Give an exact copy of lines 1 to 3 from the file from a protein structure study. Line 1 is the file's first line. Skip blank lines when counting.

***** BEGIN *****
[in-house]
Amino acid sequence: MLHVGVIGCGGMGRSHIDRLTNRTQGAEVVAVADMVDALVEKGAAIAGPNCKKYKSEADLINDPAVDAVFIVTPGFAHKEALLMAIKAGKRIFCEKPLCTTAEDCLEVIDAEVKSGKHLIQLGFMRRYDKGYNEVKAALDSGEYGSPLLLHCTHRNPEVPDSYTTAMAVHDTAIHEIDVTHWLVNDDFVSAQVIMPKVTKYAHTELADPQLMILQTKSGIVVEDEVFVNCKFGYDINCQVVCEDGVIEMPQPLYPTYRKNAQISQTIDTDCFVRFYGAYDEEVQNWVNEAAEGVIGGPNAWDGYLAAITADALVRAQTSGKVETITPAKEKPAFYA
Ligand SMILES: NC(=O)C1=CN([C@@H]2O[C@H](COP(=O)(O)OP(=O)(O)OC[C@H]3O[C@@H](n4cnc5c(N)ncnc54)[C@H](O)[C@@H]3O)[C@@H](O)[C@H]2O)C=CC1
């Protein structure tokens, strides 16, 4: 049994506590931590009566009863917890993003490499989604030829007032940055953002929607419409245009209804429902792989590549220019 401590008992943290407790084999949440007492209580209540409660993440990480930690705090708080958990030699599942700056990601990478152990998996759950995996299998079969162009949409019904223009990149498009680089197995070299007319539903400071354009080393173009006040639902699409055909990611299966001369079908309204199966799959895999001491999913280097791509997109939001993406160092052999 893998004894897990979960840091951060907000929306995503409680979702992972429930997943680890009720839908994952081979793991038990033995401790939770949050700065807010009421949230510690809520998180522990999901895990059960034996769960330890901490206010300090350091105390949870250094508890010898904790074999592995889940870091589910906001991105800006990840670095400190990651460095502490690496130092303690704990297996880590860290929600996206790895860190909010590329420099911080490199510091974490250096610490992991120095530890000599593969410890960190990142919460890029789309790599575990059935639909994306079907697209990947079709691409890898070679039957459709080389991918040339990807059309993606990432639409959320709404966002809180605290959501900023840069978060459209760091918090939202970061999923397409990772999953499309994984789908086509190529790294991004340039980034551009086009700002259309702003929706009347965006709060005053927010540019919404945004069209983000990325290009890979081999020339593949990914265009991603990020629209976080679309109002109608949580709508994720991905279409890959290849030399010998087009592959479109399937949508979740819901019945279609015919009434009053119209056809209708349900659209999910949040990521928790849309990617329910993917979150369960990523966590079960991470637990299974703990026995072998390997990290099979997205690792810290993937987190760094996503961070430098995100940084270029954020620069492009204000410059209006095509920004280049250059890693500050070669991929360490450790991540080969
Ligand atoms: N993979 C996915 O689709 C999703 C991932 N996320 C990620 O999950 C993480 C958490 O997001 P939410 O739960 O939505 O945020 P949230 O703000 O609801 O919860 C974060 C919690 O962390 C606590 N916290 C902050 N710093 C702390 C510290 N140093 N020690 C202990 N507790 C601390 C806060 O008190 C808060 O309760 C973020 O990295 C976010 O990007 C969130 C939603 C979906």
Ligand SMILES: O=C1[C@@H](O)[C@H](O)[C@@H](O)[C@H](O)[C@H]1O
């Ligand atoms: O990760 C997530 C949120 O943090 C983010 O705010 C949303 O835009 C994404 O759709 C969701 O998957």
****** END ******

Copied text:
[in-house]
Amino acid sequence: MLHVGVIGCGGMGRSHIDRLTNRTQGAEVVAVADMVDALVEKGAAIAGPNCKKYKSEADLINDPAVDAVFIVTPGFAHKEALLMAIKAGKRIFCEKPLCTTAEDCLEVIDAEVKSGKHLIQLGFMRRYDKGYNEVKAALDSGEYGSPLLLHCTHRNPEVPDSYTTAMAVHDTAIHEIDVTHWLVNDDFVSAQVIMPKVTKYAHTELADPQLMILQTKSGIVVEDEVFVNCKFGYDINCQVVCEDGVIEMPQPLYPTYRKNAQISQTIDTDCFVRFYGAYDEEVQNWVNEAAEGVIGGPNAWDGYLAAITADALVRAQTSGKVETITPAKEKPAFYA
Ligand SMILES: NC(=O)C1=CN([C@@H]2O[C@H](COP(=O)(O)OP(=O)(O)OC[C@H]3O[C@@H](n4cnc5c(N)ncnc54)[C@H](O)[C@@H]3O)[C@@H](O)[C@H]2O)C=CC1